The FINANCIAL -- The Women Business Council in Georgia (WBCG) is taking actions to promote recognition of women in Georgia, to bring together women of diverse occupations and to provide opportunities for them to help themselves and others grow personally and professionally through leadership, education, networking support, and national recognition.
The WBCG is a membership-based non-profit organisation founded in May, 2015. WBCG works with women from diverse communities locally and regionally and delivers a broad range of services that inspires participants to become economically active and personally fulfilled.
This year the WBCG was the special partner of the most influential and prestigious annual business awards ceremony in Georgia - Golden Brand.
Golden Brand has been awarding locally-operating companies for their various achievements since 2006.
“We support not only the awards ceremony Golden Brand but also its goal and initiative that aim to encourage the private sector year after year,” said Natia Meparishvili, Chairwoman of WBCG.
Q. What are the future plans and recent developments of the WBCG?
A. Future plans of our organisation are related to empowering women’s role in entrepreneurship. Today the world recognises that a ‘Strong Woman is a Strong Economy’. Every day we work hard to attract the finances for conferences, trainings, exhibitions and various events that support raising women’s role in business and society.
Last year we organised the largest conference of women entrepreneurs in Georgia which was supported by the United States Agency for International Development (USAID), Tbilisi City Hall and Bank of Georgia. More than 350 women attended the conference, which revealed the leader women of the year in the Government, non-governmental sector and in business.
The months of May-June are completely dedicated to a series of free trainings for our members in order to improve their entrepreneurial skills.
Meanwhile, the state also supports empowering women’s role through different events.
Q. What are the state programmes that support women entrepreneurs in Georgia?
A. I would single out the state programme ‘Produce in Georgia’ which provides small grants for women.
Also, the ‘Start-up Georgia’ programme that supports young entrepreneurs who are just beginning their business activities.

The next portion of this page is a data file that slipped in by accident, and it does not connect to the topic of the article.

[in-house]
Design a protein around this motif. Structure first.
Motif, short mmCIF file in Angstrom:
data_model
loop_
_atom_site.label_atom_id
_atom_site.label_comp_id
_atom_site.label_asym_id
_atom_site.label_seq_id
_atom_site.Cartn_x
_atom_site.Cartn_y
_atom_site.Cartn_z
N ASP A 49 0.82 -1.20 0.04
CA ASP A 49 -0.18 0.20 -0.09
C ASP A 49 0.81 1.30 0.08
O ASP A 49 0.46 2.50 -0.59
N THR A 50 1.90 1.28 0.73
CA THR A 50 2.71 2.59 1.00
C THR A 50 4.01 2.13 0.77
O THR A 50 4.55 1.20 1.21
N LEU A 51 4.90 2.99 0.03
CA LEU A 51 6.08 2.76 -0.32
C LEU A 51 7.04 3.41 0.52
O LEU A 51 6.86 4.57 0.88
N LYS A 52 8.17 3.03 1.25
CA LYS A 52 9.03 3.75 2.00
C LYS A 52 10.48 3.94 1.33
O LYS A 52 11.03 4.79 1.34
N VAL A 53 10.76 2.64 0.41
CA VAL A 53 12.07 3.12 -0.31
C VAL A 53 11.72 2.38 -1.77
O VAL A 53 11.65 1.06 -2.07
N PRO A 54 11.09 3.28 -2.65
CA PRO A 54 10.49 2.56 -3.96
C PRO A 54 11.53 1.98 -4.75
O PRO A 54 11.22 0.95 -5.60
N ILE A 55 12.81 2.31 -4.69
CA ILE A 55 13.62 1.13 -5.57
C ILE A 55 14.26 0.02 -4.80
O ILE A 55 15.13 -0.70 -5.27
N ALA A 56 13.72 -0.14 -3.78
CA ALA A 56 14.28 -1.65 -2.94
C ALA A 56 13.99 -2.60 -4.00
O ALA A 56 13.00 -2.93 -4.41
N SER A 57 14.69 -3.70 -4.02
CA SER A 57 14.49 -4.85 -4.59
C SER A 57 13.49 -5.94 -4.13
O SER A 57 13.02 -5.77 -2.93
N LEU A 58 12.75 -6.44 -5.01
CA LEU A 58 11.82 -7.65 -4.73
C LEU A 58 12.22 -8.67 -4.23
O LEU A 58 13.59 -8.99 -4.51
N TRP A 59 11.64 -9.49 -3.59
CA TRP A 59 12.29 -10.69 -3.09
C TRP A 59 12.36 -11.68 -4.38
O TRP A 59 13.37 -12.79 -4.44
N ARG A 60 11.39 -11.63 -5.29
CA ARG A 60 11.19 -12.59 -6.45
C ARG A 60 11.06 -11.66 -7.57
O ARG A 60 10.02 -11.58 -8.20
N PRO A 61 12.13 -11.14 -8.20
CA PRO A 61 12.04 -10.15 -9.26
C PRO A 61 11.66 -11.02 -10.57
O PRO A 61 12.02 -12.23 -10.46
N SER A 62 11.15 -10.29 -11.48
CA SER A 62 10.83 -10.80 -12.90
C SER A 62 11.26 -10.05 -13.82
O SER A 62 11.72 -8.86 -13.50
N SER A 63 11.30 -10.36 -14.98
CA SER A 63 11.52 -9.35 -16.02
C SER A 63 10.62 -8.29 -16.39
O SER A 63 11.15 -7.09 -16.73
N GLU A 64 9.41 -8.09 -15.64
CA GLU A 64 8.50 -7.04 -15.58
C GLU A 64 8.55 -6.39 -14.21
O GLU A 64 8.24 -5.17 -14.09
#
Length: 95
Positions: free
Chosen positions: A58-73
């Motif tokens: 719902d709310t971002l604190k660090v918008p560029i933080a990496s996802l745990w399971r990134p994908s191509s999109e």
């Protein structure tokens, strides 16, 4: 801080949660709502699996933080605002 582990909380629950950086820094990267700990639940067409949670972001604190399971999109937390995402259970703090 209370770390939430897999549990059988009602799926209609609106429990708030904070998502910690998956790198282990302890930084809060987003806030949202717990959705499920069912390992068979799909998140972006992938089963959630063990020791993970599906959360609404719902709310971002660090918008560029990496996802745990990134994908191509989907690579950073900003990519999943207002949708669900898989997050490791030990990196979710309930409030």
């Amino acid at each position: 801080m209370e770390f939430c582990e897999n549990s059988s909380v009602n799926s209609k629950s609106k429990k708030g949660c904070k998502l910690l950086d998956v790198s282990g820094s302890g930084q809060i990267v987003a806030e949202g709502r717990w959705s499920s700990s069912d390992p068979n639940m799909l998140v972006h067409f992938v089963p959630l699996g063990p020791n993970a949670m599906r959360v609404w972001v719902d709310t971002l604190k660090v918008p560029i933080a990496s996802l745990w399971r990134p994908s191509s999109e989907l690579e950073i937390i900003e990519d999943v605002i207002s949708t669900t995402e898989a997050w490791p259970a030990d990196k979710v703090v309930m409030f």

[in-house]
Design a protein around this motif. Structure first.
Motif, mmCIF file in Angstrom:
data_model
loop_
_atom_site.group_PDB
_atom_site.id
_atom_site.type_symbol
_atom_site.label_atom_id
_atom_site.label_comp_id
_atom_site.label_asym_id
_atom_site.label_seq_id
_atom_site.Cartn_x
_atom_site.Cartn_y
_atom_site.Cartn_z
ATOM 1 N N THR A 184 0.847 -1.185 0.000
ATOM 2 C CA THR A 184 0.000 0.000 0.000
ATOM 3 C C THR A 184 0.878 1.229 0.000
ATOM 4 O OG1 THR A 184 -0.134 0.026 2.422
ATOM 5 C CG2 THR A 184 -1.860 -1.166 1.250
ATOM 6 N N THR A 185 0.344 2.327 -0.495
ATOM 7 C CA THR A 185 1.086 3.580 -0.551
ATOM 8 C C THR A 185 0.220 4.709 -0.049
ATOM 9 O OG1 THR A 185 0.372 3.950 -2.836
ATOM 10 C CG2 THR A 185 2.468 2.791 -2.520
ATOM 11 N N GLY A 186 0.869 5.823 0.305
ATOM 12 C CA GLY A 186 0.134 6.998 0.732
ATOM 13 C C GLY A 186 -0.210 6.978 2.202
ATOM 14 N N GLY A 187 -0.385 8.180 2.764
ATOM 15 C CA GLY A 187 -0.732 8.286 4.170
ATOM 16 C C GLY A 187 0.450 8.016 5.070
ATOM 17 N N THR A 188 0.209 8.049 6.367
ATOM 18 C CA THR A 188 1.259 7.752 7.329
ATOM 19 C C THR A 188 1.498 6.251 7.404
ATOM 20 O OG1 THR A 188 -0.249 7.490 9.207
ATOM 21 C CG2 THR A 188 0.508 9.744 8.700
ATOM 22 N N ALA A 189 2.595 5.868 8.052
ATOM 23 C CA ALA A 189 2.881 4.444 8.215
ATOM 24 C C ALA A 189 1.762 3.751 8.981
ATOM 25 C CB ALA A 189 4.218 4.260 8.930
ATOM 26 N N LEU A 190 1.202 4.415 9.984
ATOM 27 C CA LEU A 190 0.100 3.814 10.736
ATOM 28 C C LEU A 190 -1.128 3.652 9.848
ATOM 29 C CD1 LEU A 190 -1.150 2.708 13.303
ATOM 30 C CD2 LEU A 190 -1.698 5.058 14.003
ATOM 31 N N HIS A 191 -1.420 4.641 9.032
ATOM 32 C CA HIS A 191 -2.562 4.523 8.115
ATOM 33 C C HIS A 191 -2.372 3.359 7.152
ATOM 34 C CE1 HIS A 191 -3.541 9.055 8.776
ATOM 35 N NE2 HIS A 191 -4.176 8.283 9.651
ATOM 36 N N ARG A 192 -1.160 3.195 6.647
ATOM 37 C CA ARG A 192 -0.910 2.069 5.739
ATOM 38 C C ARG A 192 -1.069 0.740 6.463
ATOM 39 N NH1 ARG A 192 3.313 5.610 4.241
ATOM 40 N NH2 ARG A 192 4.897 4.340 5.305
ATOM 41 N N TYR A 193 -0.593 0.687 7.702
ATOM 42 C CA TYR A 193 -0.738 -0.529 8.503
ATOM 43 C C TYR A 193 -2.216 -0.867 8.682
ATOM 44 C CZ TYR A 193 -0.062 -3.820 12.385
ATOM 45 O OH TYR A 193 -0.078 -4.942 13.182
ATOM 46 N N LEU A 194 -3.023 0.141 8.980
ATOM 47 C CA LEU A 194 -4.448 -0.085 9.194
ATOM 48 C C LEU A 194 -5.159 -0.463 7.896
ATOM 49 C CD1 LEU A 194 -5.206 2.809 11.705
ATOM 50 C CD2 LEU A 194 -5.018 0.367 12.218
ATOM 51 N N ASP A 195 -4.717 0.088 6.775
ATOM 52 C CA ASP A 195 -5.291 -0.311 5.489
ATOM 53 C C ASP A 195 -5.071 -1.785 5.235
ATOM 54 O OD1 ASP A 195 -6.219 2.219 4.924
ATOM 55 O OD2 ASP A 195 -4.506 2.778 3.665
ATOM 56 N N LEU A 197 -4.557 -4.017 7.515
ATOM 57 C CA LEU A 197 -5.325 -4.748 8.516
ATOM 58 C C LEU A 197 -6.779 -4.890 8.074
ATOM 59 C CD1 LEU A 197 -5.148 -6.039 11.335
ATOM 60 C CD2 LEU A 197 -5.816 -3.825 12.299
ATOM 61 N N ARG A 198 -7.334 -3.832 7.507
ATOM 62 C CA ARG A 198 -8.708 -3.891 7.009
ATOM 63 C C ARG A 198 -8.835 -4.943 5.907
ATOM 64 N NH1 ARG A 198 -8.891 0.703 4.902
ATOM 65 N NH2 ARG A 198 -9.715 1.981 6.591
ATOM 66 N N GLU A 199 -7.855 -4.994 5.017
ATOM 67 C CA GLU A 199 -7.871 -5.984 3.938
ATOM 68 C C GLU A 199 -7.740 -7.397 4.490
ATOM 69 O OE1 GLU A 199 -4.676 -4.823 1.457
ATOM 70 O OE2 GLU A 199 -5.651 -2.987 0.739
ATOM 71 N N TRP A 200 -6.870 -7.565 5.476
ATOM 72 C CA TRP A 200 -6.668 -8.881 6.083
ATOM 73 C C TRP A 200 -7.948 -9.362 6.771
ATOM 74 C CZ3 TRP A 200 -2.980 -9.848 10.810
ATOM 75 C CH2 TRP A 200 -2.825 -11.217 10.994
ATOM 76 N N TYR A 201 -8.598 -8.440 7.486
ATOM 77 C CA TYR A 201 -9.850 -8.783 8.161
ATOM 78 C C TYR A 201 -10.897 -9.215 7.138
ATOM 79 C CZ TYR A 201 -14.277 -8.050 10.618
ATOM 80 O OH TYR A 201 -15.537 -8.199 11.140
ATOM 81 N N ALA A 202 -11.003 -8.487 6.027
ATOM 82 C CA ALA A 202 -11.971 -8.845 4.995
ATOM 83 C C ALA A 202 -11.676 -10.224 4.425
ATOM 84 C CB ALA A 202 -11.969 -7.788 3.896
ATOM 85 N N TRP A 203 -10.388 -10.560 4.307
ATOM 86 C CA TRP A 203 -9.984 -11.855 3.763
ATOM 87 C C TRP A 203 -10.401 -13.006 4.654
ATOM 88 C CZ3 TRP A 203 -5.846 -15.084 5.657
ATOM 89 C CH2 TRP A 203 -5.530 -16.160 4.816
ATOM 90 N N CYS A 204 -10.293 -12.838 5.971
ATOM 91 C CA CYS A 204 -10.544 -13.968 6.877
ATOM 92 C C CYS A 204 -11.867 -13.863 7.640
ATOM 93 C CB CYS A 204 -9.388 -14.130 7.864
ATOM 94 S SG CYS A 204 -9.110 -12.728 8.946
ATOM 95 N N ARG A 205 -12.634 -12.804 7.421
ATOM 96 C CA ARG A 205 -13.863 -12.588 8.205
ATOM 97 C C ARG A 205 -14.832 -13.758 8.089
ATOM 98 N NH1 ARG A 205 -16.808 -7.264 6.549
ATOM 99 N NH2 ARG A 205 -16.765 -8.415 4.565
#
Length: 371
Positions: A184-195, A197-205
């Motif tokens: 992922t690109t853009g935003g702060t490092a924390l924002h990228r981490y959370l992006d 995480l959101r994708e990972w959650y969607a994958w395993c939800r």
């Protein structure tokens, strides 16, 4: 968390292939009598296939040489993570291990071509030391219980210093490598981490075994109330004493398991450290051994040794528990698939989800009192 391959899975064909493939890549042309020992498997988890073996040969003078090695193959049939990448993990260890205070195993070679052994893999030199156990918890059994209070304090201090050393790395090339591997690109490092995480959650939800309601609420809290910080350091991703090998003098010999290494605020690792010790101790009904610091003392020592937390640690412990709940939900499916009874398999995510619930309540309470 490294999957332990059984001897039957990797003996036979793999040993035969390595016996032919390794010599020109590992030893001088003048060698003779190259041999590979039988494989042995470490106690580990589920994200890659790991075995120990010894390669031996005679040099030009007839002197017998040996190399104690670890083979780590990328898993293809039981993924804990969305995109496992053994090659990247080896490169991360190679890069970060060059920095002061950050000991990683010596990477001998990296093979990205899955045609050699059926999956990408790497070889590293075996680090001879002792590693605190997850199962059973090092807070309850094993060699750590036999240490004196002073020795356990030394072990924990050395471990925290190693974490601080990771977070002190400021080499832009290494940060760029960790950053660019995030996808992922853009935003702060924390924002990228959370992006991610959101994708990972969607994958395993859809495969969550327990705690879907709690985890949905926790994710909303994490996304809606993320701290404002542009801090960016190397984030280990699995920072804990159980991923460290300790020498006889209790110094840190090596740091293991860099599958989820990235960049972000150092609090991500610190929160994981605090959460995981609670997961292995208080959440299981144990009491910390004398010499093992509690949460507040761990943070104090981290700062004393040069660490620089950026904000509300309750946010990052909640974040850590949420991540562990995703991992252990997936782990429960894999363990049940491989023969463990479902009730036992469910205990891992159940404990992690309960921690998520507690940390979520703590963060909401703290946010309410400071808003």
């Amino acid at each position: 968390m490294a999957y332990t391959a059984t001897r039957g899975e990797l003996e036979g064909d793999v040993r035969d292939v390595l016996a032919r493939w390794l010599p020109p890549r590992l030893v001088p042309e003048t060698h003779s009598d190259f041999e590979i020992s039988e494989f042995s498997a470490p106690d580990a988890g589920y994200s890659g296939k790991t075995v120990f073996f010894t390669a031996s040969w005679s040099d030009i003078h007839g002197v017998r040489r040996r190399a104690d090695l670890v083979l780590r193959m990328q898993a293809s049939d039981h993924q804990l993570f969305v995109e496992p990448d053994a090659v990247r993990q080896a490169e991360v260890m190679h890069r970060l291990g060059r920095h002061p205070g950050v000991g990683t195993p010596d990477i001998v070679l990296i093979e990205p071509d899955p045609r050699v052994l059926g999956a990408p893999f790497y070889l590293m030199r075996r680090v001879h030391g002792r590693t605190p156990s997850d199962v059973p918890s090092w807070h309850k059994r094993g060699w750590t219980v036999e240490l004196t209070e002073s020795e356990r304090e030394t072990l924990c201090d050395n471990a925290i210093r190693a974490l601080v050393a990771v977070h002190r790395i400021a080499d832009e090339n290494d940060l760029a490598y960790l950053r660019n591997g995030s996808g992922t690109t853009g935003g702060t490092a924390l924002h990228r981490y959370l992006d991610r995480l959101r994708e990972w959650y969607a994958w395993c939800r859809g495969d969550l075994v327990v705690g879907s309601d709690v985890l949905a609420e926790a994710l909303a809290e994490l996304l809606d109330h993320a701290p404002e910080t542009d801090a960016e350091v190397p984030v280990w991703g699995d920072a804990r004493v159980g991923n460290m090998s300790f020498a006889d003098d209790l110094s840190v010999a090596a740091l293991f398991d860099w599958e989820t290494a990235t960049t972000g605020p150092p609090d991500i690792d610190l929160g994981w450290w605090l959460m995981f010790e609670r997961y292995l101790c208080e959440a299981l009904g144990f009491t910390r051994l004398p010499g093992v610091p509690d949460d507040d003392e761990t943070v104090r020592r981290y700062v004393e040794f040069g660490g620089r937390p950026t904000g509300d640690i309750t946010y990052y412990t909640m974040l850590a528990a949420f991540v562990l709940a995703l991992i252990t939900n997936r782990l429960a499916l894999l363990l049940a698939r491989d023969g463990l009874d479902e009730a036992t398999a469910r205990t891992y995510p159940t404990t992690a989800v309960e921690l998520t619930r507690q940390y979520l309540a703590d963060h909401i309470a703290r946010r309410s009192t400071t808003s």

And a very important initiative belongs to the Academy of the Ministry of Finance, which offers free trainings for women.
Q. What is women’s role in Georgia’s economic growth and reform-creating process?
A. Despite the fact that there are fewer women in the leading positions in business or government, their role is still very important.
We can see that women have become more active in very specific fields of business such as tourism, service areas (beauty salons), and handmade items.
In most cases women are self-employed in Georgia.
Q. In terms of access to finance - what opportunities do women in Georgia have in this direction?
A. Women and men in Georgia have equal access to bank loans, but the challenge is mortgaging. Real estate belongs to men in most cases in our country and this creates a barrier for women who want to have access to a loan. We believe that this stereotype will be relegated to the past very soon.
A positive development is that today women’s business is not perceived as a risky one in Georgia. On the contrary - for most partners women are trustworthy allies. None of the largest organisations have promoted female employees and made them the main workforce of the company though.
Q. There is a big difference in the salaries that men and women get in Georgia. Where do you see a solution to this problem?
A. The problem of gender inequality in the job market has a long history and I cannot say that only developing countries face this problem.
Figures from the National Statistics Office of Georgia show that men earn about GEL 351 more than women each month in business and in the public sectors of Georgia.
In 2014 male employees in Georgia earned an average salary of GEL 940.
One of the solutions to this situation is to arrange more meetings in order to raise awareness and also to create different programmes through dialogue between public and non-governmental sectors.
Q. In general, how would you characterise the business environment in Georgia. What progress is noticeable in this direction?
A. The Georgian market is specific. There are developments in the tourism direction.
The market has become attractive since Georgia became a signatory of the Association Agreement (AA) with the European Union, and part of it is the Deep and Comprehensive Free Trade Area (DCFTA) deal.
The amendments aligned the country’s tax system with the Corporate Income Tax (CIT) - the Estonian Taxation Model, which is also very important. Under the Estonian Taxation Model all businesses, except profit-sharing businesses, should be exempt from income tax.
The Europe 2020 strategy is also very important. This is the EU’s agenda for growth and jobs for the current decade. It emphasises smart, sustainable and inclusive growth as a way to overcome the structural weaknesses in Europe’s economy, improve its competitiveness and productivity and underpin a sustainable social market economy.